The United States is currently unwinding its unprecedented monetary easing, and Europe is also heading toward an exit. To secure leeway for monetary easing before the next downturn, it would be desirable for the BOJ to move toward an exit while the economy is at full employment without being overly committed to the price stability target. In this process, the BOJ should avoid raising concerns about fiscal bankruptcy, avert the destabilization of the financial system, and restore flexibility to monetary policy to be able to head off excessive inflation should it arise.

Specific measures will be needed to minimize the shock to the financial market. These measures should include avoiding the deadlock of government fund raising in the process of revising monetary easing, ensuring that interest rate policies are not restricted by the impairment of the BOJ’s balance sheet from the raising of interest rates, and preventing losses from being forced on financial institutions through government and BOJ policies. A number of proposals have already been made regarding these measures. Many of them are worth examining and the government and the BOJ should exchange the views with private financial institutions.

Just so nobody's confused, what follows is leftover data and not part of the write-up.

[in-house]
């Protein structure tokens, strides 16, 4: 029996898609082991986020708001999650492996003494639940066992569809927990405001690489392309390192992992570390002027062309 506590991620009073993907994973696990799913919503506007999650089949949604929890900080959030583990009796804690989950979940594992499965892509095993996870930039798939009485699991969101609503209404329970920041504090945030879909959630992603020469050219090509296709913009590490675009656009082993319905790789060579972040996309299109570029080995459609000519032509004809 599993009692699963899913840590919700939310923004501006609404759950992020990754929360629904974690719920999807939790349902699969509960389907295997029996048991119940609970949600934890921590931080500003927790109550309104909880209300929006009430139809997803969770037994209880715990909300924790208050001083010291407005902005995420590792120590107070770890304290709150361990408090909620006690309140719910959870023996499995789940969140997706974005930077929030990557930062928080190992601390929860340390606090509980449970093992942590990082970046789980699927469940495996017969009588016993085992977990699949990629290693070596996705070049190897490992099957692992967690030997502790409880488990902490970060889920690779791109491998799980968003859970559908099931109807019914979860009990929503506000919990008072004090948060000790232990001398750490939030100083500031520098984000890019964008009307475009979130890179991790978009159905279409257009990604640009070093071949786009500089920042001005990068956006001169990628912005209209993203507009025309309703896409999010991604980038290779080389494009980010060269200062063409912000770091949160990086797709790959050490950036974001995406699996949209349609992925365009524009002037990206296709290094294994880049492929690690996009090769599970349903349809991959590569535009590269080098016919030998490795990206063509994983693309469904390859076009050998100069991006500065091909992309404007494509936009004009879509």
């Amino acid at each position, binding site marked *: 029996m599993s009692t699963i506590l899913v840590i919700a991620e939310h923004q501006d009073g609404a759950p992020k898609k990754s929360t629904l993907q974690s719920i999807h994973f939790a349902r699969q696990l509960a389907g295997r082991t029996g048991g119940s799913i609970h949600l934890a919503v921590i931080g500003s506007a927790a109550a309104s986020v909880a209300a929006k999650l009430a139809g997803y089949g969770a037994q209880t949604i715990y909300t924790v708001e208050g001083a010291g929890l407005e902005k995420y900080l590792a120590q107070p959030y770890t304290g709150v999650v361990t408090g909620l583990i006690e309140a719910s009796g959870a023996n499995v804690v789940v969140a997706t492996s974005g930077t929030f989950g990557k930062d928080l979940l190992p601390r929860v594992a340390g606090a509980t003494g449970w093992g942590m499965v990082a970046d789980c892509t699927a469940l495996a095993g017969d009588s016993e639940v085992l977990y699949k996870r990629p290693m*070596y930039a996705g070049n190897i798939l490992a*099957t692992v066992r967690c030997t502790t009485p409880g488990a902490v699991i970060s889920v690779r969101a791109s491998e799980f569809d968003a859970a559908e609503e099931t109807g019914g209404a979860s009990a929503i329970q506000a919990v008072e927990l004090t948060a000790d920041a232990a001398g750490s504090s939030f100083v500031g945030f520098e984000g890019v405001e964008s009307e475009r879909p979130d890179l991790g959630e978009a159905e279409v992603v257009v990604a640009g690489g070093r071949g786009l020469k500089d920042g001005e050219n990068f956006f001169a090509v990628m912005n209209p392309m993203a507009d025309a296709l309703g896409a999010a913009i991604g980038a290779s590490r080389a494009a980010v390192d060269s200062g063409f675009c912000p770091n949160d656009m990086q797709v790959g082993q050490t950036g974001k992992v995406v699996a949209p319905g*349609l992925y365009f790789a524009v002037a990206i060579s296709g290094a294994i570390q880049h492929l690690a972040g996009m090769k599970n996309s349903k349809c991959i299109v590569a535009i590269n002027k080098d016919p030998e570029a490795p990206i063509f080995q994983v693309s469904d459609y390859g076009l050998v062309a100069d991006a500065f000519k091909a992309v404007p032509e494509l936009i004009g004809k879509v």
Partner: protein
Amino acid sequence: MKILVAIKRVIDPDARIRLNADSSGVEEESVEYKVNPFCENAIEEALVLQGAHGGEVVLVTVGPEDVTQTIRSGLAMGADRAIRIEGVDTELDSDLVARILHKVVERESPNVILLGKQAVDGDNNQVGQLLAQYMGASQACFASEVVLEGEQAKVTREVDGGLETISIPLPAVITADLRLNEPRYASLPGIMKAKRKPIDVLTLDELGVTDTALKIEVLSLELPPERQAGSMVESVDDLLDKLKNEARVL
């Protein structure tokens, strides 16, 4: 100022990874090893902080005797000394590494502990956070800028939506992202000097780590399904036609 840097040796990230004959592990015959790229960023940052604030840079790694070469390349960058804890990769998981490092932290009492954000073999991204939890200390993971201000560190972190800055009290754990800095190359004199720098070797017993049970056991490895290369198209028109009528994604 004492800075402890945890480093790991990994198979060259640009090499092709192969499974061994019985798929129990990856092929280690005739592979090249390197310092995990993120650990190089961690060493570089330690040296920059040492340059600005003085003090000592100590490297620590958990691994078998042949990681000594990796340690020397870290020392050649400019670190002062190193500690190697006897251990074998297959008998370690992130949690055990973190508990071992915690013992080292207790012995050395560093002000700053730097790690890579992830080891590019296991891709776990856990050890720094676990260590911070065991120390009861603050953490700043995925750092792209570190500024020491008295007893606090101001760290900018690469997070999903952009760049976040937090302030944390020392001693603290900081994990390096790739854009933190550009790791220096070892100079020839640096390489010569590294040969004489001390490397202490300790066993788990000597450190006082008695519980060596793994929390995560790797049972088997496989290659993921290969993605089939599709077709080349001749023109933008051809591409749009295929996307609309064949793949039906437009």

The BOJ, however, continues to reject any discussion of exit strategies requiring such systemic measures, arguing that the prospect for achieving the inflation target remains out of view. The first issue for the new BOJ leadership is to quietly begin the discussion of exit strategies as part of steps to restore flexibility to monetary policy without going so far as to unsettle markets.

(Originally published in Japanese on February 5, 2018. Banner photo: Bank of Japan Governor Kuroda Haruhiko holding a press conference after the meeting of the BOJ Policy Board in Tokyo on January 23, 2018. © Jiji.)

  • [2018.02.19]

Visiting Professor of the Graduate School of Regional Policy Design of Hōsei University. Expertise in monetary policy, macroeconomics, and international financial theory. Born in Tokyo in 1951. After graduating from the Faculty of Economics of the University of Tokyo, joined the Bank of Japan in 1974. Received a PhD in economics from the University of Chicago in 1983. Served as assistant professor of the University of Tsukuba, head of the planning and research division of the Research and Statistics Department of the Bank of Japan, director-general of the Institute for Monetary and Economic Studies of the Bank of Japan, and professor of the School of Government of Kyoto University before assuming his current position in 2017. Publications include Keizai no daitenkan to Nihon Ginkō (The Economy’s Big Turning Point and the Bank of Japan), which won the Ishibashi Tanzan Memorial Journalism Award, and Kinri to keizai—takamaru risuku to nokosareta shohōsen (Interest Rates and the Economy: Increasing Risk and Remaining Prescriptions).